According to the agent, he had been stationed at an embassy that came under a suspected Russian electronic jamming operation that disrupted communications, he said, asking not to be identified because he was concerned that it could affect how the FBI handles his case.
He began experiencing symptoms shortly after, he said, and added that he has lived the past decade dealing with chronic headaches, dizziness, and fatigue.
The symptoms reported by the agent match those of hundreds of other Americans across the globe, who, for the most part, were employed by the US government and stationed overseas when they began to experience symptoms.
And the fact that the agent was stationed near Russia in this particular case also raises alarms.
The leading theory behind the cause of the still-largely unknown syndrome starts with a device that scientists say the Eastern European nation could have invented during the Cold War, which was later used to spy on US embassies by collecting data from laptops and cell phones.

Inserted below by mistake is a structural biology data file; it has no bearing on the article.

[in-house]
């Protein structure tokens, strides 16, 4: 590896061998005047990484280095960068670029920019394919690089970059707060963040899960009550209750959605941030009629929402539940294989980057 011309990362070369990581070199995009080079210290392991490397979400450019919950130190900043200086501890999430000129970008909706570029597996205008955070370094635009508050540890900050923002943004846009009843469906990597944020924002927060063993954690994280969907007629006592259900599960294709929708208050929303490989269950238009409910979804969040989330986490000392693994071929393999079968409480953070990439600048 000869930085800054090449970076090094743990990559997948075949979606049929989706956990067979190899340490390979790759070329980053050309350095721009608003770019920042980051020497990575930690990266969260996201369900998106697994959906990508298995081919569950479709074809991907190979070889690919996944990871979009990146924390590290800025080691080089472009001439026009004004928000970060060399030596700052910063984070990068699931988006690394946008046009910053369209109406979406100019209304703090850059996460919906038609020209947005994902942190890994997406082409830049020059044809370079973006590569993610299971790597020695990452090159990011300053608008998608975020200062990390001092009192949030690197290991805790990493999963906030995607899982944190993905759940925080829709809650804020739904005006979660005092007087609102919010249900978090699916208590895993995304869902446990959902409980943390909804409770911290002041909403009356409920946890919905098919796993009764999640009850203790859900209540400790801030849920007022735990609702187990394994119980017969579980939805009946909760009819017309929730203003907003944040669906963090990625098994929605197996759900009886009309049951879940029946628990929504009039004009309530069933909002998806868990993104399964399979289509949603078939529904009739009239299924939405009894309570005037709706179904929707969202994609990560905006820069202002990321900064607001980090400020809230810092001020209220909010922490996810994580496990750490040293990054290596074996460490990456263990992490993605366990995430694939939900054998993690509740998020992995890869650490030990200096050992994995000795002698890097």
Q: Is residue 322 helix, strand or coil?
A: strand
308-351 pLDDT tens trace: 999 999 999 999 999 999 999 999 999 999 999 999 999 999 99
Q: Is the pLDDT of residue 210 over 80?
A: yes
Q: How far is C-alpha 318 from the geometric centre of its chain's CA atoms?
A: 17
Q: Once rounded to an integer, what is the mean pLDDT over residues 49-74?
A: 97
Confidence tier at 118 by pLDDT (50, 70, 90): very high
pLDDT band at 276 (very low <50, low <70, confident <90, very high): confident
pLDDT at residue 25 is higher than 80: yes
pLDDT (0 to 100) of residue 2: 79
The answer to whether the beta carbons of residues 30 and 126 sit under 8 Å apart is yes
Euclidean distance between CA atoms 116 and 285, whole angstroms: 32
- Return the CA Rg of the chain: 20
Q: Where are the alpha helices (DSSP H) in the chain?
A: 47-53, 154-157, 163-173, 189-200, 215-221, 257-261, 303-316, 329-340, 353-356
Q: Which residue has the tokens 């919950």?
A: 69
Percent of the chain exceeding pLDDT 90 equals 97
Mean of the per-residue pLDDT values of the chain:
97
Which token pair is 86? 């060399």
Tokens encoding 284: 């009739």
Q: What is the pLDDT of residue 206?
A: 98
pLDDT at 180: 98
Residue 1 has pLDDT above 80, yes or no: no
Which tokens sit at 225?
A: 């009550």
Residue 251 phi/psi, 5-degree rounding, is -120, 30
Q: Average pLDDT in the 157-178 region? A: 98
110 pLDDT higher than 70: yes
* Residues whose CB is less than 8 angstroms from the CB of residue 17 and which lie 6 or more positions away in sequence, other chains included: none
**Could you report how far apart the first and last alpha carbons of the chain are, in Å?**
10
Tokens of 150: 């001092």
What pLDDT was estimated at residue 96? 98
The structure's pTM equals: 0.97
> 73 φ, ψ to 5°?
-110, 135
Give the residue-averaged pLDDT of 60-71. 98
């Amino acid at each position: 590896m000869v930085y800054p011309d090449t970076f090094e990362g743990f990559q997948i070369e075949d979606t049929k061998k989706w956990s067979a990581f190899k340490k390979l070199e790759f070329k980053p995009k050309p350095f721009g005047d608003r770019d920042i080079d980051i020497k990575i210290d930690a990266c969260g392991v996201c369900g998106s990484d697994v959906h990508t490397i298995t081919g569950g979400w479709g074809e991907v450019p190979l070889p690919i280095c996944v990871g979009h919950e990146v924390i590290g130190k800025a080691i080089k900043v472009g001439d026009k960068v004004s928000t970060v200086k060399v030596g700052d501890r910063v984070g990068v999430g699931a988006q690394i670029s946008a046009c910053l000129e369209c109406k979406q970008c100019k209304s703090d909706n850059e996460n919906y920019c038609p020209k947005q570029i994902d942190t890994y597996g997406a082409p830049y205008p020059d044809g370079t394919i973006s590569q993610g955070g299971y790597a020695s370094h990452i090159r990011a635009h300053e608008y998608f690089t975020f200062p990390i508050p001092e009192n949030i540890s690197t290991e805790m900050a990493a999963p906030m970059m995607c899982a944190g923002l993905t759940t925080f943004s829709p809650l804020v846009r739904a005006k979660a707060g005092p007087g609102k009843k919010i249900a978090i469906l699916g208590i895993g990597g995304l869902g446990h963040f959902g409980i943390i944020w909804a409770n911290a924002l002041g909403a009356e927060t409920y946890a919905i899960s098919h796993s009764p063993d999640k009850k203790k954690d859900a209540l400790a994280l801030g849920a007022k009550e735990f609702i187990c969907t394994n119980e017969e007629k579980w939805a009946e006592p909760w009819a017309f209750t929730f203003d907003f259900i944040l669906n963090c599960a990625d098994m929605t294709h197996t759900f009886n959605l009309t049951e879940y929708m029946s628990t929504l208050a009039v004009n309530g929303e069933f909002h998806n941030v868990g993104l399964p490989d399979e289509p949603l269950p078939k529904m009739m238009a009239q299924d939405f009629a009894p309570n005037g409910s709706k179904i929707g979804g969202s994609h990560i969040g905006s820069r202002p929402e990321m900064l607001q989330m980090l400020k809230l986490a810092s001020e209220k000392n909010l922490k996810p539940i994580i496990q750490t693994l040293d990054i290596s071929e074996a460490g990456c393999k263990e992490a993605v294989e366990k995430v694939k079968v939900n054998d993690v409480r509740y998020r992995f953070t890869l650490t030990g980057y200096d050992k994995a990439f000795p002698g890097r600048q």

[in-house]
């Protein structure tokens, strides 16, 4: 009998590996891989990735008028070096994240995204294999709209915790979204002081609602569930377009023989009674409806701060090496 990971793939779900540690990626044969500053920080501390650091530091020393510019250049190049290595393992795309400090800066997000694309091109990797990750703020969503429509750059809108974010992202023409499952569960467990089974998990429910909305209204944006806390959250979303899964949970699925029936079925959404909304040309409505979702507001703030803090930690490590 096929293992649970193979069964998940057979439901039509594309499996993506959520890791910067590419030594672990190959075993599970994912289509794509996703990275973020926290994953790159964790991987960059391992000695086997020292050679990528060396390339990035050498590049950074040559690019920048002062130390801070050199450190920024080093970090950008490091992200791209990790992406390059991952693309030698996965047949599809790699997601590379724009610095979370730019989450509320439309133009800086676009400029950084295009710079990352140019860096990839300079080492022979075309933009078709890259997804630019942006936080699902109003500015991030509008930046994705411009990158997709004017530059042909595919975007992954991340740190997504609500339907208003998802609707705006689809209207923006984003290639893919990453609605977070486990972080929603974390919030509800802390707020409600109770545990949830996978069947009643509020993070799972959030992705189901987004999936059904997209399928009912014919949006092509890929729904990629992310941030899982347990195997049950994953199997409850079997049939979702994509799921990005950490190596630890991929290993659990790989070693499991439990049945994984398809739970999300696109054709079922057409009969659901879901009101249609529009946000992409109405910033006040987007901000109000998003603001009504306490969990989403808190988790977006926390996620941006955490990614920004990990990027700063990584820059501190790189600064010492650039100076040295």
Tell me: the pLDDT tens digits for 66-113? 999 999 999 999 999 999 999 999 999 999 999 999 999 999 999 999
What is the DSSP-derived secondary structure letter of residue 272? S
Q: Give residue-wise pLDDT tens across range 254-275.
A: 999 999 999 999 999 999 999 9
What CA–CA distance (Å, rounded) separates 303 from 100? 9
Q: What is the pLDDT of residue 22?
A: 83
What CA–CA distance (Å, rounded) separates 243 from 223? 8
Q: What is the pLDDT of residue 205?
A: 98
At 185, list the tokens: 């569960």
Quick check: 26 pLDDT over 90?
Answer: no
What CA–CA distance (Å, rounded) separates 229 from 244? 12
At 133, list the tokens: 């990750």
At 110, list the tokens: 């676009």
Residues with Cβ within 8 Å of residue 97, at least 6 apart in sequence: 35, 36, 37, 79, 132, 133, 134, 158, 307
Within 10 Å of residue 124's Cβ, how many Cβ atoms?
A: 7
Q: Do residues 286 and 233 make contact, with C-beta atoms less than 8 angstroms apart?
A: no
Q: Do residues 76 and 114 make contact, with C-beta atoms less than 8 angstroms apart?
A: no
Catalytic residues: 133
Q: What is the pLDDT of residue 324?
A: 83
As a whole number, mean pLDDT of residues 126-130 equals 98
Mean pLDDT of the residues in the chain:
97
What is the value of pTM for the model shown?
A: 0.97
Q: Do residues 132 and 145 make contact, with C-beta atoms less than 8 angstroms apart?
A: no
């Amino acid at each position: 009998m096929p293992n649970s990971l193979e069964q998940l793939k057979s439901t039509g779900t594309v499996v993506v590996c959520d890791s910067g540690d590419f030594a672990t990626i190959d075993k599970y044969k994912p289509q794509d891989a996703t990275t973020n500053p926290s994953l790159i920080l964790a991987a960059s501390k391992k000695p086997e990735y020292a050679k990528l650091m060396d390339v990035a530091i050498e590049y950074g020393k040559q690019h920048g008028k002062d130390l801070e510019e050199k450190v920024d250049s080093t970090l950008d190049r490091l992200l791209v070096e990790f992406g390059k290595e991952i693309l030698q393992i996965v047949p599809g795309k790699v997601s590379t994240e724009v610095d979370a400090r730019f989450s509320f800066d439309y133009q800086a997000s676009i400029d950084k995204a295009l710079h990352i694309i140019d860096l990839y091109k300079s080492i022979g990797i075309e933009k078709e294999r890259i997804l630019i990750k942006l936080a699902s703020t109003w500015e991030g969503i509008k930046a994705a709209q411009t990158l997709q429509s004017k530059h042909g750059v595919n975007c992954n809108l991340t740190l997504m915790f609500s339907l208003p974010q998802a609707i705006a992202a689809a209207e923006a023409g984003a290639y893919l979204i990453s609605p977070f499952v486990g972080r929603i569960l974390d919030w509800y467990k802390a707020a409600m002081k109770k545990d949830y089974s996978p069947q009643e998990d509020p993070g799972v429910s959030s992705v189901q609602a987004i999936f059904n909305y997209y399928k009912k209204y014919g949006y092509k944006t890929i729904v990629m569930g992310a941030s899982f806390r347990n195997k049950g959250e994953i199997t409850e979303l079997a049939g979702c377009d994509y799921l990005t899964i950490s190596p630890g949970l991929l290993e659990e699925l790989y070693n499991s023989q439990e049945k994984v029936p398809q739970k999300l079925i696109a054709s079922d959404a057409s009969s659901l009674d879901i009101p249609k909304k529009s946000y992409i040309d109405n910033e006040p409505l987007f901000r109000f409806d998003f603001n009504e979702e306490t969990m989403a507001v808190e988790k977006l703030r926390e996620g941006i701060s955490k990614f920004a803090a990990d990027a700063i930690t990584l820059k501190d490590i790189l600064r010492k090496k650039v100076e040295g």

Experts now theorize that a hostile country – such as Russia, or even China – may have turned this microwave technology into a weapon, which would explain why US diplomats, spies, and other federal agents comprise the vast majority of those afflicted.
What’s more, the National Academies of Sciences, Engineering and Medicine announced in a report last year that a portion of the brain injuries observed in those claiming to have come down with the sickness were consistent with the effects of directed microwave energy – which the report further revealed that Russia has long studied.
And while the bureau did not explicitly confirm or deny in its statement whether its agents, past or present, have been exposed to such an illness, which sees sufferers subjected to symptoms such as hearing loss, severe headaches, dizziness, and various brain injuries, there have been several reported instances of FBI personnel experiencing such symptoms while overseas – especially in Europe and Central Asia.
Several FBI employees reported to officials that they were hit in Vienna, including some possible cases dating back more than a decade.
In a previous statement over the summer, an FBI spokesperson said: ‘In keeping with DOJ policy, the FBI can neither confirm nor deny the existence of specific investigations.